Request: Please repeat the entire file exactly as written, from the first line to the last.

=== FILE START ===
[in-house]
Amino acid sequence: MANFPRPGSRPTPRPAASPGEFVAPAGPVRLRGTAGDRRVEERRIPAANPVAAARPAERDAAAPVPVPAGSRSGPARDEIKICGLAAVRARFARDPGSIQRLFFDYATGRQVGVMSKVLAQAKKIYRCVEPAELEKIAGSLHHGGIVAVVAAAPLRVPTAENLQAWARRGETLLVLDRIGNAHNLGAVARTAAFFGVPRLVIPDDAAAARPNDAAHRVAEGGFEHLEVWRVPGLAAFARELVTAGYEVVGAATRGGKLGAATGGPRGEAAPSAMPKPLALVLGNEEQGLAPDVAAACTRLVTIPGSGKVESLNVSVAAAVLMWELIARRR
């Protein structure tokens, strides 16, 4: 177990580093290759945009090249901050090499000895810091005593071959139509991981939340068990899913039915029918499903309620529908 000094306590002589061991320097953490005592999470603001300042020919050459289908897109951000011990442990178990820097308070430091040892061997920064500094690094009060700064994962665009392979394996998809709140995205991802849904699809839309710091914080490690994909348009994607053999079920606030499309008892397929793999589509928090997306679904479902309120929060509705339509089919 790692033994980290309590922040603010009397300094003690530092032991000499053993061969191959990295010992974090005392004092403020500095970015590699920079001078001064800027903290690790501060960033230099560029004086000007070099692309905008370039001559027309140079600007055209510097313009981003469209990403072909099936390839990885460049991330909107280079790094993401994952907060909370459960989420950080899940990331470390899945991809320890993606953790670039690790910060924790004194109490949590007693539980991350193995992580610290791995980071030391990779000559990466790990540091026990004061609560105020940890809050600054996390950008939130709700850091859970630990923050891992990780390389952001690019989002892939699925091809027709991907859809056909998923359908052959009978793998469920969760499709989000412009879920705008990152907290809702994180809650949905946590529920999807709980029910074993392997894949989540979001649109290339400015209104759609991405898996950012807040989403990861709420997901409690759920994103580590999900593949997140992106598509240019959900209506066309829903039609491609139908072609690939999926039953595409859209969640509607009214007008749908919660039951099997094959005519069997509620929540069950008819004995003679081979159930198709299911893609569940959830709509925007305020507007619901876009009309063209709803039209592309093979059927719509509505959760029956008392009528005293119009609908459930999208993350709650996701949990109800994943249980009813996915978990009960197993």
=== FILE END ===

[in-house]
Amino acid sequence: MANFPRPGSRPTPRPAASPGEFVAPAGPVRLRGTAGDRRVEERRIPAANPVAAARPAERDAAAPVPVPAGSRSGPARDEIKICGLAAVRARFARDPGSIQRLFFDYATGRQVGVMSKVLAQAKKIYRCVEPAELEKIAGSLHHGGIVAVVAAAPLRVPTAENLQAWARRGETLLVLDRIGNAHNLGAVARTAAFFGVPRLVIPDDAAAARPNDAAHRVAEGGFEHLEVWRVPGLAAFARELVTAGYEVVGAATRGGKLGAATGGPRGEAAPSAMPKPLALVLGNEEQGLAPDVAAACTRLVTIPGSGKVESLNVSVAAAVLMWELIARRR
């Protein structure tokens, strides 16, 4: 177990580093290759945009090249901050090499000895810091005593071959139509991981939340068990899913039915029918499903309620529908 000094306590002589061991320097953490005592999470603001300042020919050459289908897109951000011990442990178990820097308070430091040892061997920064500094690094009060700064994962665009392979394996998809709140995205991802849904699809839309710091914080490690994909348009994607053999079920606030499309008892397929793999589509928090997306679904479902309120929060509705339509089919 790692033994980290309590922040603010009397300094003690530092032991000499053993061969191959990295010992974090005392004092403020500095970015590699920079001078001064800027903290690790501060960033230099560029004086000007070099692309905008370039001559027309140079600007055209510097313009981003469209990403072909099936390839990885460049991330909107280079790094993401994952907060909370459960989420950080899940990331470390899945991809320890993606953790670039690790910060924790004194109490949590007693539980991350193995992580610290791995980071030391990779000559990466790990540091026990004061609560105020940890809050600054996390950008939130709700850091859970630990923050891992990780390389952001690019989002892939699925091809027709991907859809056909998923359908052959009978793998469920969760499709989000412009879920705008990152907290809702994180809650949905946590529920999807709980029910074993392997894949989540979001649109290339400015209104759609991405898996950012807040989403990861709420997901409690759920994103580590999900593949997140992106598509240019959900209506066309829903039609491609139908072609690939999926039953595409859209969640509607009214007008749908919660039951099997094959005519069997509620929540069950008819004995003679081979159930198709299911893609569940959830709509925007305020507007619901876009009309063209709803039209592309093979059927719509509505959760029956008392009528005293119009609908459930999208993350709650996701949990109800994943249980009813996915978990009960197993």